Kelvin Gobo Software Engineer | Technical Writer | Football #MUFC

Avoiding common mistakes in React Hooks

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react hooks

Even though React Hooks components have been around for a few years now, there are still some mistakes that happen quite often when using these features. In this article, we will discuss some common missteps when making the transition to React Hooks and how to avoid them.

Code duplication due to side effects

While React Hooks components allow us to achieve the same functionality as its predecessor, the process by which this happens is significantly different. With class components, side effects are run during the various component lifecycles. By comparison, React Hooks runs side effects as a result of changes to the component’s state. This can sometimes lead to duplication.

Take, for example, a Counter component that updates the page title any time the state count is updated:

class Counter extends React.Component {
  constructor(props) {
    super(props);
    this.state = {
      count: 0
    };
  }

  componentDidMount() {
    document.title = `You clicked ${this.state.count} times`;
  }
  componentDidUpdate() {
    document.title = `You clicked ${this.state.count} times`;
  }

  render() {
    return (
      <div>
        <p>You clicked {this.state.count} times</p>
        <button onClick={() => this.setState({ count: this.state.count + 1 })}>
          Click me
        </button>
      </div>
    );
  }
}

You’ll notice componentDidMount and componentDidUpdate have the same code. This is because the code has to be run both when the component is added to the DOM, and on all subsequent state updates. This duplication happens because we have to run the same side effect at different stages of the component lifecycle. Even if the code is extracted into a method, the method still has to be called twice, which does not help to avoid duplication.

Since React Hooks run side effects as a result of state changes, you can avoid the problem of duplication like so:

import React, { useState, useEffect } from 'react';

function Counter() {
  const [count, setCount] = useState(0);

  useEffect(() => {
    document.title = `You clicked ${count} times`;
  });

  return (
    <div>
      <p>You clicked {count} times</p>
      <button onClick={() => setCount(count + 1)}>
        Click me
      </button>
    </div>
  );
}

Since useEffect by default runs after every render and on subsequent updates, it solves the problem of duplication.

You can also use useState to react (no pun intended) to state changes of specific state variables:

function Counter() {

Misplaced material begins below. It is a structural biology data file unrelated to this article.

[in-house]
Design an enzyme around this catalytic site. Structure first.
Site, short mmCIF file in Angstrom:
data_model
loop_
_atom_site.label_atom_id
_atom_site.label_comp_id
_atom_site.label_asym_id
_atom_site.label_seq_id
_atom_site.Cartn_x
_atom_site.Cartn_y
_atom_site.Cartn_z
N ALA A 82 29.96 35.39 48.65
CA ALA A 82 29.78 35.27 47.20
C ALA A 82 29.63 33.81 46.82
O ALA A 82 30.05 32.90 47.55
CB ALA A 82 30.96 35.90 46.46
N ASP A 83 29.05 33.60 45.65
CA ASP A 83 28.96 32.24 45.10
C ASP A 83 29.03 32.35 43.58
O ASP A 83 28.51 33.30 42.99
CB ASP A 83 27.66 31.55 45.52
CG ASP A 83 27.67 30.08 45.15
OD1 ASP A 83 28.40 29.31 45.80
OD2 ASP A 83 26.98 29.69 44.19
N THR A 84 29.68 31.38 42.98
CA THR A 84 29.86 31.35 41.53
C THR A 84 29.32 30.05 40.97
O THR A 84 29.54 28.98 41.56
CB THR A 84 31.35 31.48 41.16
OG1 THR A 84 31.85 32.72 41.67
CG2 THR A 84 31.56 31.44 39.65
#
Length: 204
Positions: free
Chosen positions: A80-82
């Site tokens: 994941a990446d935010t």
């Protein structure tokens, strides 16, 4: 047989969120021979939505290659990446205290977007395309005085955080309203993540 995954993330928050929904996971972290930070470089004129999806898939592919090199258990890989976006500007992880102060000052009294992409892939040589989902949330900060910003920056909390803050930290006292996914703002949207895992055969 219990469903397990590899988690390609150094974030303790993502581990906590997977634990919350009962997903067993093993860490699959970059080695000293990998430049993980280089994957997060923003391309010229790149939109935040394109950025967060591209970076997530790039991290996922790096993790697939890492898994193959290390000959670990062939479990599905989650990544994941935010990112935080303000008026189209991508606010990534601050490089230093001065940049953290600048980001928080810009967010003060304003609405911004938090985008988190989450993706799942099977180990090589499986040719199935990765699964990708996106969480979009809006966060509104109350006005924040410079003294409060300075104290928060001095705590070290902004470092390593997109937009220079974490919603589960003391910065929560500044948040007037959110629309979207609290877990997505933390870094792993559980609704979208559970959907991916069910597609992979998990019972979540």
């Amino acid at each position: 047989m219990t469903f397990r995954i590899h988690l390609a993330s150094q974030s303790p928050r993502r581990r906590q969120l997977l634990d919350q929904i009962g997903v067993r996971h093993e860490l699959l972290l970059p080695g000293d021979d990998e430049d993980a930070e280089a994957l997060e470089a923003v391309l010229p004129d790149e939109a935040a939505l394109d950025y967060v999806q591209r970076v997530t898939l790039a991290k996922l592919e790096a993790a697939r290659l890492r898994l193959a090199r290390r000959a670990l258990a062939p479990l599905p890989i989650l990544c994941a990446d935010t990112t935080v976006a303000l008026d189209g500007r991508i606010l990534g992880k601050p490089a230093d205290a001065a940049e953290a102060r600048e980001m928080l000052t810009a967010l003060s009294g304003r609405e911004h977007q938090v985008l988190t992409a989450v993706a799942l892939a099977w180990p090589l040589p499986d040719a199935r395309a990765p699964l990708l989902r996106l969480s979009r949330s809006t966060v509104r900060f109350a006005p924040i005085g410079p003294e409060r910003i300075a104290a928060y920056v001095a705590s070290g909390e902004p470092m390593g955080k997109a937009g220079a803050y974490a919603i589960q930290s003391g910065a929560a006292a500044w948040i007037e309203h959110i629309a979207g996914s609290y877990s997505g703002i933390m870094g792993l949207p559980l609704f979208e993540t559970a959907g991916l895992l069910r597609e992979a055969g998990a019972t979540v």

const [count, setCount] = useState(0)

  useEffect(() => {
    document.title = `You clicked ${count} times`;
  }, [count]);

  ...
}

In this case, the “effect” is run any time the state count changes. This keeps the logic of the state and the side effect close together which is easier to read and understand.

Handling actions with useEffect

As useful as the useEffect Hook can be, there are times where it can become “too useful” and thus overcomplicate code. This can be seen in the case of the TodoList component below:

function TodoList({ onSuccess }) {
  const [loading, setLoading] = useState(false);
  const [error, setError] = useState(null);
  const [todos, setTodos] = useState(null);

  const fetchTodos = () => {
    setLoading(true);
    callApi()
      .then((res) => setTodos(res))
      .catch((err) => setError(err))
      .finally(() => setLoading(false));
  };

  useEffect(() => {
    fetchTodos();
  }, []);

  useEffect(() => {
    if (!loading && !error && todos) {
      onSuccess();
    }
  }, [loading, error, todos, onSuccess]);

  return <div>{todos.map(todo => <Todo item={todo} /> )}</div>;
}

There are two useEffect Hooks: one is run on initial render, and the second is run when loading and error are false but todos have been populated (in other words, when the API call was successful and calls the method onSuccess that was passed as a prop). This is a case of over-engineering that actually ends up complicating the code.

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Since we only want to run onSuccess when the API call is successful, it can be invoked in the .then handler and the component like so:

function TodoList({ onSuccess }) {
  const [loading, setLoading] = useState(false);
  const [error, setError] = useState(null);
  const [todos, setTodos] = useState(null);

  const fetchTodos = () => {
    setLoading(true);
    callApi()
      .then((res) => {
         setTodos(res);
         onSuccess();
      })
      .catch((err) => setError(err))
      .finally(() => setLoading(false));